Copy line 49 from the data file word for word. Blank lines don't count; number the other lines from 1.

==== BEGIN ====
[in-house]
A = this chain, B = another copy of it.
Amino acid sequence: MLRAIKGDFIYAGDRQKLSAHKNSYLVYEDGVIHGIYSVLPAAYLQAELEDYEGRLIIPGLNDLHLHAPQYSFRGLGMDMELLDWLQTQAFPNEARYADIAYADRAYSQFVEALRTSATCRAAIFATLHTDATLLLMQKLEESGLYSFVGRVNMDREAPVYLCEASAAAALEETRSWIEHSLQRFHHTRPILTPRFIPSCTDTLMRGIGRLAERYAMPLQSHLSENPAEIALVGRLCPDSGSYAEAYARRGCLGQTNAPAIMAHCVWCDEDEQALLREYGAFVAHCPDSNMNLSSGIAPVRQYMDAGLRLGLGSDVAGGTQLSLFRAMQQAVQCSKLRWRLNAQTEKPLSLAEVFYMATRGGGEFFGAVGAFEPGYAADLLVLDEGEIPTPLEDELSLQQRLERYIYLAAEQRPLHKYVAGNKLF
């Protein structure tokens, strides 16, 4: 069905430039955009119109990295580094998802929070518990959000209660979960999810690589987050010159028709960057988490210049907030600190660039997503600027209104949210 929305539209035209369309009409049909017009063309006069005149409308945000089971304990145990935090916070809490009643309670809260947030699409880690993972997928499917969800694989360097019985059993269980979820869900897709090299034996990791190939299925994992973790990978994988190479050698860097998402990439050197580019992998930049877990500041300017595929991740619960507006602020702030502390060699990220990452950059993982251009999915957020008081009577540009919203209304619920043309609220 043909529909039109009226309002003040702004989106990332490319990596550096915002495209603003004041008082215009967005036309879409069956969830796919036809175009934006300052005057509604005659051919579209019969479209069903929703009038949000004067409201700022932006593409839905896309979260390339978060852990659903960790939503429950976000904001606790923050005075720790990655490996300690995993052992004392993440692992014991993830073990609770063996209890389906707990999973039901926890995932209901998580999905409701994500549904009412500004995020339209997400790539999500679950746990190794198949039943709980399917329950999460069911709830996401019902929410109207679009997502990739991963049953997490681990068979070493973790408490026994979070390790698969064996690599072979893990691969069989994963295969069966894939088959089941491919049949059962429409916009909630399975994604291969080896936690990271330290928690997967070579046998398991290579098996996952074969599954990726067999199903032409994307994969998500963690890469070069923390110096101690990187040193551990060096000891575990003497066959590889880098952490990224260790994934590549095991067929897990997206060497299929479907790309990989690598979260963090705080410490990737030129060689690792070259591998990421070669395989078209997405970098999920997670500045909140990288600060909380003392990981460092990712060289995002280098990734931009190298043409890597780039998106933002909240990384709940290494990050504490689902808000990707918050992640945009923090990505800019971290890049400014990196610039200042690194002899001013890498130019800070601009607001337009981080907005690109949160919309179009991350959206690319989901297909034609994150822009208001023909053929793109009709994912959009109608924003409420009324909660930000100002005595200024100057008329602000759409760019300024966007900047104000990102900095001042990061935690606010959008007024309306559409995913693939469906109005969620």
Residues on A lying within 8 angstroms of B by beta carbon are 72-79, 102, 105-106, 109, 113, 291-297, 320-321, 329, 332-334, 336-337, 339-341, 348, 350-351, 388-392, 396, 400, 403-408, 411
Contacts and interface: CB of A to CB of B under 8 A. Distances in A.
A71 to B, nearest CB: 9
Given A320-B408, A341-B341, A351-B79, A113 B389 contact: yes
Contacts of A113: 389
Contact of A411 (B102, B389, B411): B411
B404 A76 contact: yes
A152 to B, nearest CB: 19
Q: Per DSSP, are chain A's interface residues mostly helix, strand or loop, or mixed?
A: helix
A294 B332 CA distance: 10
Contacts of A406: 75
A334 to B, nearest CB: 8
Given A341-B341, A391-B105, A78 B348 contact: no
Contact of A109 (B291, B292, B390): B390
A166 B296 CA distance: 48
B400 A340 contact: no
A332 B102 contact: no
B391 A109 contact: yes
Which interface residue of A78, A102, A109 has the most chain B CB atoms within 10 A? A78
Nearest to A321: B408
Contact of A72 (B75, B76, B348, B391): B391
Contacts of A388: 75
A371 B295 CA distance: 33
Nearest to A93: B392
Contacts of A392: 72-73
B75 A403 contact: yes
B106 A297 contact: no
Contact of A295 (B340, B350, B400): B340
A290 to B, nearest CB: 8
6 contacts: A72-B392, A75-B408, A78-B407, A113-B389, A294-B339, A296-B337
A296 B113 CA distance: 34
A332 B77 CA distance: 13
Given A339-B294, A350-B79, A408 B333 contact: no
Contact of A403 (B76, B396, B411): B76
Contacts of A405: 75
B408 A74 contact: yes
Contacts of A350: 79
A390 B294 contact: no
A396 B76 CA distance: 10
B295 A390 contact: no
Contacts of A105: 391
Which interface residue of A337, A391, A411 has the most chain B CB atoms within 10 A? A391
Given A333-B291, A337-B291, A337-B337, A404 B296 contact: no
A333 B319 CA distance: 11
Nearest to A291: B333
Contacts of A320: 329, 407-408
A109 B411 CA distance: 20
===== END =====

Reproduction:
A333 B319 CA distance: 11